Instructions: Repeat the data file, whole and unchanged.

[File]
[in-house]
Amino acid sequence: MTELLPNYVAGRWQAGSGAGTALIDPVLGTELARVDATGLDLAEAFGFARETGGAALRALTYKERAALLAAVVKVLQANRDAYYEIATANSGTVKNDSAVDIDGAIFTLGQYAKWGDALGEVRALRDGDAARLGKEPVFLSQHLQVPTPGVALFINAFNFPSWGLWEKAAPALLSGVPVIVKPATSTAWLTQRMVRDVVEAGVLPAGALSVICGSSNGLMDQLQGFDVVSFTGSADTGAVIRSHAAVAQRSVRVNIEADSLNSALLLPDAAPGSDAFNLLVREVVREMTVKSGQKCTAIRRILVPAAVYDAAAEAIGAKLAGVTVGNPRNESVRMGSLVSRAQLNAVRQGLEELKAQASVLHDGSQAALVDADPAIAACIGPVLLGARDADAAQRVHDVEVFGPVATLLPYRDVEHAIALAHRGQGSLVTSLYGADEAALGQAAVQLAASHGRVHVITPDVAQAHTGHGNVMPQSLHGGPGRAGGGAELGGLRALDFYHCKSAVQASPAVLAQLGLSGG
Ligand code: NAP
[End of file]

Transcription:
[in-house]
Amino acid sequence: MTELLPNYVAGRWQAGSGAGTALIDPVLGTELARVDATGLDLAEAFGFARETGGAALRALTYKERAALLAAVVKVLQANRDAYYEIATANSGTVKNDSAVDIDGAIFTLGQYAKWGDALGEVRALRDGDAARLGKEPVFLSQHLQVPTPGVALFINAFNFPSWGLWEKAAPALLSGVPVIVKPATSTAWLTQRMVRDVVEAGVLPAGALSVICGSSNGLMDQLQGFDVVSFTGSADTGAVIRSHAAVAQRSVRVNIEADSLNSALLLPDAAPGSDAFNLLVREVVREMTVKSGQKCTAIRRILVPAAVYDAAAEAIGAKLAGVTVGNPRNESVRMGSLVSRAQLNAVRQGLEELKAQASVLHDGSQAALVDADPAIAACIGPVLLGARDADAAQRVHDVEVFGPVATLLPYRDVEHAIALAHRGQGSLVTSLYGADEAALGQAAVQLAASHGRVHVITPDVAQAHTGHGNVMPQSLHGGPGRAGGGAELGGLRALDFYHCKSAVQASPAVLAQLGLSGG
Ligand code: NAP